The marginal comment seems to be: ‘in dramatic | persons, with | changing interxxxxs [?] | and with a great | increase of the | broad Scots.’ It must be a later idea (notice the different ink) for an insertion—commenting on the minister’s dramatic delivery—after ‘he could hear some of his words’, perhaps with an intended addition like ‘and his manner of speaking’; ‘in dramatic persons’ would mean ‘imitating the different voices’. The sixth word, isAny ideas? (For suggested answers, see Comments)
The King’s School leaf
The leaf in the Walpole Collection is clearly the continuation of the Beiencke fragment: it is paginated 5, and it covincingly continues the unfinished sentence at the bottom of page 4 (‘bragging and basting Christ’s folk in the’) with ‘<wilderness> ^fields^, and riding and wading in the precious blood of the elect’ (the angle brackets indicating a deletion).
Interesting features of this new fragment
The Walpole leaf continues what Stevenson has previously termed the ‘poetry apart’ of the sermon, a ‘homely tissue’ relieved by an ‘occasional pathos of simple humanity, ^and^ frequent patches of big ^biblical^ words’. Perhaps with the much-criticised representation of such Covenanting rhetoric by Sir Walter Scott in Old Mortality (1816) in mind, Stevenson set himself to convey both the occasionally ludicrous familiar imagery of such sermons and their touching vulnerability, particularly in the context in which they were delivered. The preacher, ‘Auld soupit ^hirplin^ Sandie’, for instance, asks God to ‘cast the lap of thy mantle over Sandie and his weans’ or to hide them in his armpit (‘oxter’) from Clavers.
One is struck in both the Beinecke and the Walpole fragments at Stevenson’s ability with Scots dialogue. The many deletions and insertions in this passage of the Beinecke MS show how anxious Stevenson was to get the tone he aimed at exactly right. Although the following paragraph apparently came more easily, the inveterate reviser is still evident, Stevenson weighing the precise words in which he might best convey the contrasting trivial mood of the knot of country lads engaged in a primitive gambling session when they are supposed to be on the lookout for the approach of government soldiers. The reader longs for his account of the personal combat of Heathercat and Crozer that presumably was intended to follow, and which would have caused them to fail to alert the congregation to the approach of the enemy, but alas! the remainder of the leaf remained blank.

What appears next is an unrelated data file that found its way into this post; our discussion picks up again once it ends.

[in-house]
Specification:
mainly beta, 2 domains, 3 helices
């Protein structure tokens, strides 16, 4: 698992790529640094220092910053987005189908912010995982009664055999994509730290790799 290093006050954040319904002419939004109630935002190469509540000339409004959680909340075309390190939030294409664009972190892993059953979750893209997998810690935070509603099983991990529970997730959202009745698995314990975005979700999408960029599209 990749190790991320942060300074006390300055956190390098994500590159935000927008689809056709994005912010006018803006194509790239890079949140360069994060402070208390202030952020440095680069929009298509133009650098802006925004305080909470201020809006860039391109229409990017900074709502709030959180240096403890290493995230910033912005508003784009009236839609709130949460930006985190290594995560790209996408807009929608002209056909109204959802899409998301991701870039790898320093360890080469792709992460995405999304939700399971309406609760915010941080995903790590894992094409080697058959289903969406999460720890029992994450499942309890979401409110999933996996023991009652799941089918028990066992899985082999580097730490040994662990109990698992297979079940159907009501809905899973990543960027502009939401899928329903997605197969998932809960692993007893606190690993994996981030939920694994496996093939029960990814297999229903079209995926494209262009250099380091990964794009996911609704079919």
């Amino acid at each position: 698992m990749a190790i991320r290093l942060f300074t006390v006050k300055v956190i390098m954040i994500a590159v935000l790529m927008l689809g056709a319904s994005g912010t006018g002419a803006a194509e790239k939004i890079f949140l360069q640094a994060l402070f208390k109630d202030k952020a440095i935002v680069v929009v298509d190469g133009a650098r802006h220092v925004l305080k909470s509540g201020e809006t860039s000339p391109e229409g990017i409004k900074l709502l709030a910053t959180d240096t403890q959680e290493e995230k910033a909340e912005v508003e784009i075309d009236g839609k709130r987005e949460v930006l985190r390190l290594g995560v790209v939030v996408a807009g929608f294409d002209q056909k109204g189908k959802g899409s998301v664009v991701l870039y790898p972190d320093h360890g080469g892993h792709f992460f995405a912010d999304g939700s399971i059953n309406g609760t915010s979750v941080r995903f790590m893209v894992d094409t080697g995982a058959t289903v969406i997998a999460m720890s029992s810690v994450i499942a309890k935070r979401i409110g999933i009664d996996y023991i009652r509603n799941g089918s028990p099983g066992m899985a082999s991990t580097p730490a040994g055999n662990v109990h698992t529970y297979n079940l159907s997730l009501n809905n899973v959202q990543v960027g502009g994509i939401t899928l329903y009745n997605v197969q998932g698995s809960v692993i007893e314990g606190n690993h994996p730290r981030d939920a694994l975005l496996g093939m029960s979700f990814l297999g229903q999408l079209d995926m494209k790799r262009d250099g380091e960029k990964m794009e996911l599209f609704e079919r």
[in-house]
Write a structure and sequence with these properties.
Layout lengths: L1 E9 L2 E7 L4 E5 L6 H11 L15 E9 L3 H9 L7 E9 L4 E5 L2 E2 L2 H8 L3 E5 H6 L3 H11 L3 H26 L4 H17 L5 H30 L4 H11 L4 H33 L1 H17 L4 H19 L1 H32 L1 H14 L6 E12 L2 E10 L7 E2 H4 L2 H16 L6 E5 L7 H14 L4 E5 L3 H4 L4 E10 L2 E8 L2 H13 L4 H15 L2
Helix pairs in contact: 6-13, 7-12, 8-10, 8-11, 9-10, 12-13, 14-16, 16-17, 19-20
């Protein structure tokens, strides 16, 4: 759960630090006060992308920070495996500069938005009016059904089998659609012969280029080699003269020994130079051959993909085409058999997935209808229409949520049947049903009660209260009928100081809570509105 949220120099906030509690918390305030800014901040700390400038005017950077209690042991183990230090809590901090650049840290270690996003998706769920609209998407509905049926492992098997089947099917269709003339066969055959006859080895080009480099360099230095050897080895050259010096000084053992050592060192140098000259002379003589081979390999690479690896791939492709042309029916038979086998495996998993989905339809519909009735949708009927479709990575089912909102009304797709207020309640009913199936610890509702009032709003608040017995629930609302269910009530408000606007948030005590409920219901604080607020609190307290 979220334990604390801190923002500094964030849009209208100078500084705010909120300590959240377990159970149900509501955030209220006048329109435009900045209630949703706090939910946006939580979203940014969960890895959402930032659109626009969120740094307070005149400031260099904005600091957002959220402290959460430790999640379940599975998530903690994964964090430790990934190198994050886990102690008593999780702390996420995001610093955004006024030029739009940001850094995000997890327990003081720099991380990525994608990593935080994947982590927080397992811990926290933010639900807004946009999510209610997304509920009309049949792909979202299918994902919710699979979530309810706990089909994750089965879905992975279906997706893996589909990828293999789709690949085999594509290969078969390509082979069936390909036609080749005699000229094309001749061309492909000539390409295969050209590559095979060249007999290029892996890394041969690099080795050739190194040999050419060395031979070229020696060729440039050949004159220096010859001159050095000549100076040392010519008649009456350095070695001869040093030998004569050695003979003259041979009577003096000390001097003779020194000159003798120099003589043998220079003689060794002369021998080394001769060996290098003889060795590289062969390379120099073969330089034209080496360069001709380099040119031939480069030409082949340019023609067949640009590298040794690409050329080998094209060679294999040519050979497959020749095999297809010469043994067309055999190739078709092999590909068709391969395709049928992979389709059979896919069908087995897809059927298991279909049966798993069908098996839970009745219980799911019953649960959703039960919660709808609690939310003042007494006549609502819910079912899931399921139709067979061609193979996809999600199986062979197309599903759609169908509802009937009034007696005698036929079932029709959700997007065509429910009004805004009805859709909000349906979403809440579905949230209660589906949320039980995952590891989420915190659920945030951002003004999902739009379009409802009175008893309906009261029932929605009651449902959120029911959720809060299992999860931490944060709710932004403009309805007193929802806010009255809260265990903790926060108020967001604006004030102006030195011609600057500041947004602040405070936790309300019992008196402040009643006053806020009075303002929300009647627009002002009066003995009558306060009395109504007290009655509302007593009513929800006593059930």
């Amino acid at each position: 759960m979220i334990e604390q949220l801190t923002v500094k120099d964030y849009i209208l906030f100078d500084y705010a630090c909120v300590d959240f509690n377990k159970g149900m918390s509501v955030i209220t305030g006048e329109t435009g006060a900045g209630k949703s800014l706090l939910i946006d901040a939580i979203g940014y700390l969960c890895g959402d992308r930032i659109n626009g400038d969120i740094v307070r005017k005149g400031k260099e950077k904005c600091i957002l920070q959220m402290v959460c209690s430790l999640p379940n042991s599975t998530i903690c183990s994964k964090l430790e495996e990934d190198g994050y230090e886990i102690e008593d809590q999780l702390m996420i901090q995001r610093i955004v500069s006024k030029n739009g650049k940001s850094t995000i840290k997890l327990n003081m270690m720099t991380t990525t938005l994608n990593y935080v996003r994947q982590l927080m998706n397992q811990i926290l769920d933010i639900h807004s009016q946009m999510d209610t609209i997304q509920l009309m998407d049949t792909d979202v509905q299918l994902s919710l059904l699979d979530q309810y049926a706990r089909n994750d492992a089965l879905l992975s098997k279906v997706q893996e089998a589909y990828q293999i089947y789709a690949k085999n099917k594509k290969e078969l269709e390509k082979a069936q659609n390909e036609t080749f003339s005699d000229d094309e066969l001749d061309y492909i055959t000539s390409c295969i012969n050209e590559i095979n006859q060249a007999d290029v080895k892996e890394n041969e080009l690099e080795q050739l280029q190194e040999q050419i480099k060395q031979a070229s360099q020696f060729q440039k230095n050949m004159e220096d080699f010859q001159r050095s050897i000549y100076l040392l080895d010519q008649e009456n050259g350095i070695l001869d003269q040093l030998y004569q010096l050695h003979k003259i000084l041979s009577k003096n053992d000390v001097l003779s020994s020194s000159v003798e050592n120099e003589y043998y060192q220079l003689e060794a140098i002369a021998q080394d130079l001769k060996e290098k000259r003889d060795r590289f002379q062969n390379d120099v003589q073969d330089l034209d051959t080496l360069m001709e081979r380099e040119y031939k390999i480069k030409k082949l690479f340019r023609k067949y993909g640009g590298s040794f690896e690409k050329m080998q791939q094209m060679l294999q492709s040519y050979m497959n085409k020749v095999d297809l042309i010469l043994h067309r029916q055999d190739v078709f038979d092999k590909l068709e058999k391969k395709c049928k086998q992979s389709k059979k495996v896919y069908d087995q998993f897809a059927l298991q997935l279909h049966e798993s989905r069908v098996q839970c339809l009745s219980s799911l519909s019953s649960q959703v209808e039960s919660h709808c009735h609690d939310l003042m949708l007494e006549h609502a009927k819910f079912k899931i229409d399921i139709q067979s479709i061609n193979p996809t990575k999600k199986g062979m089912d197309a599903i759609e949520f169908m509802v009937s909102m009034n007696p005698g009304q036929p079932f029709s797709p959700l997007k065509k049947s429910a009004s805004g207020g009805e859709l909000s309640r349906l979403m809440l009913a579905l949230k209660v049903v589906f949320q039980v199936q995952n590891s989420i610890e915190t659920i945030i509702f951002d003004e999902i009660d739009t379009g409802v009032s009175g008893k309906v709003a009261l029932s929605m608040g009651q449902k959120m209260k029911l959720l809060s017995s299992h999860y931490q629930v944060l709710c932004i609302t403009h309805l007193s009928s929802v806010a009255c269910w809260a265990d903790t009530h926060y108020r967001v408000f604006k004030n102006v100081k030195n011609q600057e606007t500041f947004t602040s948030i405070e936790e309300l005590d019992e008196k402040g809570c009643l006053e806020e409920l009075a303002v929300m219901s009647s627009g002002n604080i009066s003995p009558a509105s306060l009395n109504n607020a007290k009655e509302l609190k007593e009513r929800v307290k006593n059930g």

Transcription of the Walpole leaf
Here then is a reading transcription of the Walpole leaf (deletions omitted and insertions unmarked), with its final continuation of Heathercat, never previously published:
……Meanwhile the truant sentry, with a certain pang of self-reproach at these images summoned up before him of the magnitude of that service he was neglecting, passed again out of hearing of the preacher, and came at last through a deep clump of junipers in view of his destination. Crozer was not at his post; but below in a hollow where he could neither be seen himself nor spy upon the approach of danger, he sat with three other boys of nine or ten engaged in the game of pitch and toss for one of the most infinitesimal of Scottish coins; the whole capital at stake being very likely overestimated at twopence.
The manuscript ends at the end of a sentence, but not at the end of the sheet: clearly Stevenson here abandoned the draft. For those interested in what comes next, the Beinecke Libary also has a number of earlier drafts, including two of the beginning of Chapter IV. But that is another story and for another time…
RLS plans something—but what?
The Beinecke Library at Yale has a single sheet with what looks like a series of titles or subjects:
…..Excellent old melodrama: the bottle Imp.
…..…..…..Aladdin, Pollock [?]
…..on a cue from a French author: the Twins
…..…..Humorous [?]: les trois Bossus.
…..Metempsychosis: from Magics [?]. The Body Changer.
…..…..Scientific, from an Axxxx [?American; Armenian?] xxxx [pastor?] Hoyten [Hayton?]: The Sand Bag [Bug?].
Return of the Husband:
…..…..…..Ulysses. (concealed [?] ^disguised^ Prince)
[in ink and in another hand, sloping, below: calculations of interest and: Aranxx | imaginaire]
Story-types and examples
Stevenson has organized the list as a series of universal story-types (Revenge, return of the Husband etc.), each followed by one or more titles as examples (Ulysses, Balzac’s Colonel Chabert, and Tennyson’s Enoch Arden are all examples of the Return of the Husband).
Is this a preparation for a study of narratives? ‘on a cue from’ suggests that this is a list of stories to be adapted from other sources, and also reminds us of Stevenson’s own proposed titles ‘ The Bottle Imp: A Cue from an Old Melodrama’ and ‘The Waif Woman: A Cue from a Saga’ (L7, 436; Dec 1892, to Colvin), and of course Stevenson actually wrote ‘The Bottle Imp’ and ‘Rahero’, a long-ish narrative poem published in Ballads (1890). On this evidence, the document would then seem to be a list of possible narratives to write (in verse or prose), subdivided into story types.
the bottle Imp: Stevenson read the story among the play collection of his neighbour Sir Percy Shelley, some time after spring 1885, and wrote his story with this title in 1889-90.
Aladdin, Pollock: ‘talisman’, ‘magical object’, fits the stories of the Bottle Imp and Aladdin and the lamp. Pollock, publisher of the toy theatre sets described in “A Penny Plain and Twopence Coloured”, would seem more appropriate in notes for an essay or study of story types.
the Twins: this could possible be the story of Louis XIV and his twin (the Man in the Iron Mask) told by Dumas in in Le Vicomte de Bragelonne.
les trois Bossus: a humorous medieval French tale ‘Les trois bossus ménestrels’: a wife gets rid of her husband, killed by mistake as a result of his own actions prompted by jealousy.